Description

For centuries, but only in spoken form for most of the earlier years, the Vietnamese language (in Vietnamese: Tiếng Việt, or Tieng Viet without accent marks) has existed. Classical Chinese (~9th =>13th Century), Chữ Nôm (13th => 17th) and Romanized script (17th => Present) were the writing systems used in Vietnam.

Distribution of Geography

More than 86 million Vietnamese in Vietnam and approximately 4 million Overseas Vietnamese are currently using the Vietnamese language, most notably.

The United States: 1.8 million The United States: 1.8 million

  • Cambodia: six hundred thousand
  • France: 250,000
  • Australia: 160,000
  • Taiwan: 120 thousand-200 thousand
  • Laos, Canada: 150 thousand
  • And others, including Russia or South Korea,

Vietnamese Core Features

The most notable features of the Vietnamese language, especially when compared with English, are as follows:

  • The Vietnamese Alphabet is closely linked to the English Alphabet, but with letters such as ă or ơ in addition. Read more about The Alphabet of Vietnam.
  • The Vietnamese language is a tonal language, with diacritics or accent marks written in its words. Different words are formed by the same underlying letters with different diacritics: different in both pronunciation and significance. The word ma, for instance, implies ghosts, while the word means mother. There are 6 tones in Vietnamese.
  • The Vietnamese language is monosyllabic, i.e., like many other Southeast Asian languages, with only one syllable (vowel) per word. Contrast this to English where there are more syllables in words. The word beautiful, for instance, has 3 syllables. Please refer to this article to learn more about Vietnamese word structure.

There are also loan phrases from Chinese and French in the Vietnamese language. The theory is that, during the previous millennium, Vietnam was under Chinese rule several times and for long periods, and was a French colony for almost a hundred years (1985-1954). Sơ mi (from the French word chemise, meaning shirt), búp bê (from the French word poupée, meaning doll) are examples of words transliterated from French.

Dialects of the Vietnamese Language

There are 3 major Vietnamese language dialects:

  • The dialect of the North (represented by Hanoi, the capital)
  • The Central Dialect (represented during Feudalism by Hue, the former capital)
  • Southern Dialect (represented by Vietnam’s most dynamic region, Ho Chi Minh City (Saigon))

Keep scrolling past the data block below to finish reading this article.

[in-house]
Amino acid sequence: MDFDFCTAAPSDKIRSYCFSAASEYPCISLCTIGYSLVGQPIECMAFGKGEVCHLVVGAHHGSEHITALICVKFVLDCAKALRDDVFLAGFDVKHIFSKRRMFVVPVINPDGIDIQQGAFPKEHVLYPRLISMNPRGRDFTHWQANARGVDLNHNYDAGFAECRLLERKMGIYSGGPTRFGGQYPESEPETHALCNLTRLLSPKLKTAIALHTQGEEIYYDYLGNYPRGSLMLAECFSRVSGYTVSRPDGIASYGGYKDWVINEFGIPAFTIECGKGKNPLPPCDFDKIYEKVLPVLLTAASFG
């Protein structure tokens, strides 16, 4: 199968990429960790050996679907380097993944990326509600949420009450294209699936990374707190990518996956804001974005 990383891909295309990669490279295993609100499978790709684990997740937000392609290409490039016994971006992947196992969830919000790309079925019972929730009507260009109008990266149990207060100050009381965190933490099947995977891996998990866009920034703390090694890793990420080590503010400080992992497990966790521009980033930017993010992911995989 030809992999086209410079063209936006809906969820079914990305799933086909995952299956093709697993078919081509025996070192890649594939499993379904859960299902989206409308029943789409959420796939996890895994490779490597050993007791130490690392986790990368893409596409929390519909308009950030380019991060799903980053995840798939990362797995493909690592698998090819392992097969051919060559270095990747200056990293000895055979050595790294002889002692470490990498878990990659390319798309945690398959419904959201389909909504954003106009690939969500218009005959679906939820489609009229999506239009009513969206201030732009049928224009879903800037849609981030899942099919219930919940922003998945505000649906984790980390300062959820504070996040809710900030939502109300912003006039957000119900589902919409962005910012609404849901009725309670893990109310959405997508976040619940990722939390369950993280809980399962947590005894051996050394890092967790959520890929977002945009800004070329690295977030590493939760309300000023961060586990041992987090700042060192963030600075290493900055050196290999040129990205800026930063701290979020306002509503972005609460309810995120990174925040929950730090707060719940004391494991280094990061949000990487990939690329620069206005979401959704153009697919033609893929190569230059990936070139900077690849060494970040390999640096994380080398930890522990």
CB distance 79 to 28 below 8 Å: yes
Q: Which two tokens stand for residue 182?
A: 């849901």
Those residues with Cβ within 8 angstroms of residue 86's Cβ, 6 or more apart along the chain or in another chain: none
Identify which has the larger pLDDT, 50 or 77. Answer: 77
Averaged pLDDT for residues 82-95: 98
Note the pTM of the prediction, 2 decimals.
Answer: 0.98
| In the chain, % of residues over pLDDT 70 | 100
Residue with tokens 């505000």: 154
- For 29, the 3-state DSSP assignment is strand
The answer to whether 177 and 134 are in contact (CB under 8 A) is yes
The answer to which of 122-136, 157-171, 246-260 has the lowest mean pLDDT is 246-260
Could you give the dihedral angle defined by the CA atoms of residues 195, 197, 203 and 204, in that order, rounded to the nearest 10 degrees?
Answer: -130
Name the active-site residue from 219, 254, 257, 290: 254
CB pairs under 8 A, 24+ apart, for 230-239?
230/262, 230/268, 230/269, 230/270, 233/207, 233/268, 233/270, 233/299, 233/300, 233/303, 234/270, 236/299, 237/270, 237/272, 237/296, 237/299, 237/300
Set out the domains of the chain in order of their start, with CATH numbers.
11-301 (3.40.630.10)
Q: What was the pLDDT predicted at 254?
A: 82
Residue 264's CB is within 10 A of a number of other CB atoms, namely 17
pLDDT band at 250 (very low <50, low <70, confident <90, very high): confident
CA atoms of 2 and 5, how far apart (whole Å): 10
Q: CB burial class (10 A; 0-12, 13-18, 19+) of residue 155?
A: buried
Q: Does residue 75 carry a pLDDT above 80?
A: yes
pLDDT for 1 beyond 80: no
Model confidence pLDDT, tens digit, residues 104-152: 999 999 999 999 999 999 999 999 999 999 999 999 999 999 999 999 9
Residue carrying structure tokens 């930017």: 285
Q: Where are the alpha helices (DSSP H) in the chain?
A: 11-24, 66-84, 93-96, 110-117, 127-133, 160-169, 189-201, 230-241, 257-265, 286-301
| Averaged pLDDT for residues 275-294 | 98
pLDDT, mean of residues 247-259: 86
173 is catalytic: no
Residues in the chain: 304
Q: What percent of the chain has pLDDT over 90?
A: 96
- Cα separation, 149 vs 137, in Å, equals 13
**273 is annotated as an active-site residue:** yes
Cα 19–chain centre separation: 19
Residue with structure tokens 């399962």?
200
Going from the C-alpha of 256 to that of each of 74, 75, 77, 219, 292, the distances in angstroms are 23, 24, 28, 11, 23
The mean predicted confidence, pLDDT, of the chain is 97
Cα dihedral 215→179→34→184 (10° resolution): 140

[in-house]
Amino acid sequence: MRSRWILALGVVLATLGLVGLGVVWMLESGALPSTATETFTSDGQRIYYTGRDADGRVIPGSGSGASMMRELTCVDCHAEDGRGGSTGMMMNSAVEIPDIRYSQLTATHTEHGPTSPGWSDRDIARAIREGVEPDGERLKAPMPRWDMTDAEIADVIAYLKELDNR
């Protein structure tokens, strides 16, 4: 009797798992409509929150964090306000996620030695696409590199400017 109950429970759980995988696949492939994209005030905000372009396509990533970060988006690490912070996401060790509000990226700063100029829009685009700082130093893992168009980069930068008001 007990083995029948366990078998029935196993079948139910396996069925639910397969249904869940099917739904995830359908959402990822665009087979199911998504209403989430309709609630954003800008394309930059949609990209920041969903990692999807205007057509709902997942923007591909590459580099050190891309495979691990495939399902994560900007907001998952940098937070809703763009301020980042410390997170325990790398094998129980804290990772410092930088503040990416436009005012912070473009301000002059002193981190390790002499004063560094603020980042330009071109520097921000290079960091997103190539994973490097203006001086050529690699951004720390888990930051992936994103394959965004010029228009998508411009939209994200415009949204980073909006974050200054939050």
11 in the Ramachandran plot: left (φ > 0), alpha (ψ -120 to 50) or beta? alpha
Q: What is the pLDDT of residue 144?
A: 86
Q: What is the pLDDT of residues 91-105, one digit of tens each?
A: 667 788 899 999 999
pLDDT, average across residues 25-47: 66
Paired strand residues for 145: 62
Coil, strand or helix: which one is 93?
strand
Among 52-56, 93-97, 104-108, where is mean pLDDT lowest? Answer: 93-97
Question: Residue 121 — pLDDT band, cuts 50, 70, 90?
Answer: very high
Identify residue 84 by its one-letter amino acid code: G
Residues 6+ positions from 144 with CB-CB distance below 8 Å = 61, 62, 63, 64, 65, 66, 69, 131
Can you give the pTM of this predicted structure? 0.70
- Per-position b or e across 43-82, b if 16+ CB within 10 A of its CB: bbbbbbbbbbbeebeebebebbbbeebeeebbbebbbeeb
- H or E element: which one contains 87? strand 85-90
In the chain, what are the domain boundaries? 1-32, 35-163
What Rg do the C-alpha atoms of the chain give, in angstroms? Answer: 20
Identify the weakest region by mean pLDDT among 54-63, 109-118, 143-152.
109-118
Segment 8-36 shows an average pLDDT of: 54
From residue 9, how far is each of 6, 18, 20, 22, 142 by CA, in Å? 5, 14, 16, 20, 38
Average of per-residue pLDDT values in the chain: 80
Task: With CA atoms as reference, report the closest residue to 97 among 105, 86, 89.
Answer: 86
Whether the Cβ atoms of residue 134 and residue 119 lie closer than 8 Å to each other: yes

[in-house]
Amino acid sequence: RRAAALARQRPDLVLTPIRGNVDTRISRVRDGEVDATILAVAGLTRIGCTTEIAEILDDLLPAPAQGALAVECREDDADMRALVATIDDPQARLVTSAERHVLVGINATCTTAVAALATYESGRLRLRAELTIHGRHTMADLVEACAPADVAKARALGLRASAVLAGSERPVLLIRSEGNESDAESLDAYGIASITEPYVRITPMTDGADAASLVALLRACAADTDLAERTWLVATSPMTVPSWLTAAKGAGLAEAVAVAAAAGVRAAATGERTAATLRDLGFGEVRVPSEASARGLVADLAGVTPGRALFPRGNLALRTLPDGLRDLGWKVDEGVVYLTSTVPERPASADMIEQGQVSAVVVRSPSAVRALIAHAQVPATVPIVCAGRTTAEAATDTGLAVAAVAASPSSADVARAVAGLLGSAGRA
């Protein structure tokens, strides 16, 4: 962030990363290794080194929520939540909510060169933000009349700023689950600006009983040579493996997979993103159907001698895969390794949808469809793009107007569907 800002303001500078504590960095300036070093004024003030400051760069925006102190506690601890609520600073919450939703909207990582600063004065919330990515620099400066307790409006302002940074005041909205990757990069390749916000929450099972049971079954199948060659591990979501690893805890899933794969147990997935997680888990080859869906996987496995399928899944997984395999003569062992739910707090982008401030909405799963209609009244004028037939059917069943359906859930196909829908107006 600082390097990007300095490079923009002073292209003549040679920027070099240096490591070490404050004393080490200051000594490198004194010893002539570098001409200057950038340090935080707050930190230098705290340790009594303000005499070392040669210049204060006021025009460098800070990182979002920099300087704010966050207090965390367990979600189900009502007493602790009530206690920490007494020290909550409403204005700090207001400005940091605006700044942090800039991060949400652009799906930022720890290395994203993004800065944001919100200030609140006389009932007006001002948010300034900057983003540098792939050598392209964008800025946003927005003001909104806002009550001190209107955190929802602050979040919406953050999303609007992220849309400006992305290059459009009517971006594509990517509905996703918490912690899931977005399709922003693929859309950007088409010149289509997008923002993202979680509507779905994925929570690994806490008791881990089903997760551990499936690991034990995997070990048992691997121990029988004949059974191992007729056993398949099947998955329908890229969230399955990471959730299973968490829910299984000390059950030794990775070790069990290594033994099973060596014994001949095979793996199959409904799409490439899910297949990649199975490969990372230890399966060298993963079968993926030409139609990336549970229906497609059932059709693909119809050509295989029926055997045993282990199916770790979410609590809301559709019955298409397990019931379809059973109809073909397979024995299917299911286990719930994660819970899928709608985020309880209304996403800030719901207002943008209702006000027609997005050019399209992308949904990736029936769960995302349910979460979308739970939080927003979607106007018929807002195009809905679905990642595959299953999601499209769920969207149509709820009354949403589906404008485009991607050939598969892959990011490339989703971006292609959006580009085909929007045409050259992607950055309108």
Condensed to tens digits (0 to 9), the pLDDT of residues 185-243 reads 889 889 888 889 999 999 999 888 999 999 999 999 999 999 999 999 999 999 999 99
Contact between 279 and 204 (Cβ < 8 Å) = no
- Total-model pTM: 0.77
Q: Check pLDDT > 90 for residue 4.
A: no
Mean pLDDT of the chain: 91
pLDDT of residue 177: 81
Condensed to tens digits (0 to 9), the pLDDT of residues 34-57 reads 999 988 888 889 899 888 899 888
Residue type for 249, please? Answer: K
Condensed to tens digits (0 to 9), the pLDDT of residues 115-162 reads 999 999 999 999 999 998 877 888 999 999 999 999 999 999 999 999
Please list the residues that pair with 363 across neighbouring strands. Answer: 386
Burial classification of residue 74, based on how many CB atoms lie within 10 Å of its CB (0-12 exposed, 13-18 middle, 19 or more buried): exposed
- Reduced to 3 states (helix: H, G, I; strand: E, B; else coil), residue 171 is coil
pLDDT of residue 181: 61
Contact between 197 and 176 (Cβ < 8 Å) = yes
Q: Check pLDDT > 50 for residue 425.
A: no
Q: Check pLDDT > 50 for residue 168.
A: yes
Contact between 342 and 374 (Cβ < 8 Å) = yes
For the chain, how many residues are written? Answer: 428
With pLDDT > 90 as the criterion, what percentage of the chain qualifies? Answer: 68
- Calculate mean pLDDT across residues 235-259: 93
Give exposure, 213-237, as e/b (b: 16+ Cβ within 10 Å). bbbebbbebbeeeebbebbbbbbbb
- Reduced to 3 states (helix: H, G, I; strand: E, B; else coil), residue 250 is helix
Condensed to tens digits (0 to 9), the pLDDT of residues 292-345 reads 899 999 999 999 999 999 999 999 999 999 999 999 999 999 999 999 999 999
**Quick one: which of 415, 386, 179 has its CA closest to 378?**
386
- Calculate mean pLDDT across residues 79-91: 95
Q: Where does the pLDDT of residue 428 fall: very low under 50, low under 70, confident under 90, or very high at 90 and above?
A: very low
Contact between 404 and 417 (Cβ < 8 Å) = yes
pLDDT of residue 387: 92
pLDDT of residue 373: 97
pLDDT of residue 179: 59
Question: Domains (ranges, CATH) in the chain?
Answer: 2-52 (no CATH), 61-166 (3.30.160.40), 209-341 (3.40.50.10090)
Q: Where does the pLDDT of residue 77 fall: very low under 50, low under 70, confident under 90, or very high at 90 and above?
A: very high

There is one very significant note: all Vietnamese are mutually intelligible in these 3 dialects. They vary mostly in the pronunciation of some letters of the alphabet and in a few uses of words. On the scale of Chinese dialects, such as Mandarin and Cantonese or Hokkien, these 3 dialects do not vary.

Below are the main variations between the 3 Vietnamese dialects in pronunciation:

  • Northern Dialect: considered the Vietnamese pronunciation normal, with a strong differentiation in the pronunciation of various tones.
  • Central Dialect: noted because of the emphasis on low tones due to its heaviness.
  • Southern Dialect: don’t generally differentiate between the questioning tone (hook) and the tumbling tone (tilde); certain consonants are also pronounced differently.

Writing Method for Vietnamese

So far, the Vietnamese Writing System has gone through the following three transformational phases:

Ahead of the 13th century

The Vietnamese language existed then only in the spoken form. The writing was classical Chinese, whose indigenous name was Chữ Nho, since, from the 1st to 15th centuries, Vietnam was under Chinese rule several times.

From the 13th century to the 17th,

Invention of Chữ Nôm, which is largely based on Chinese characters but with phonetic elements at that present stage (in spoken form) to make it more suitable for the tones of the Vietnamese language. The fact that Chữ Nôm was practically unintelligible to the Chinese people was also important. During this time, Chữ Nôm was in widespread use, especially for poetry and literature with the masterpiece The Tale of Kieu, written by Nguyễn Du, which until now is still taught in Vietnamese schools. While receiving widespread acceptance, during this time, Chữ Nôm was not Vietnam’s official language; the official writing script was still classical Chinese.

From the 17th century to today,

The joint effort of Catholic missionaries to romanize the Vietnamese language has effectively created the national language, the Romanized writing method called Quốc Ngữ. The achievement was usually credited to Alexandre de Rhodes, a French missionary. In the 19th century, the initial adoption of Quốc Ngữ was not very popular and the script only gained further acceptance as the French colonial government forced the language to replace the Chinese-style Chữ Nôm[6]. And at the beginning of the 20th century, the French colonial government made Quốc Ngữ the official language. Until 1975, slight modifications were made to Quốc Ngữ. Please read this lesson on how to write Vietnamese in order to learn more.

Link Source: https://yourvietnamese.com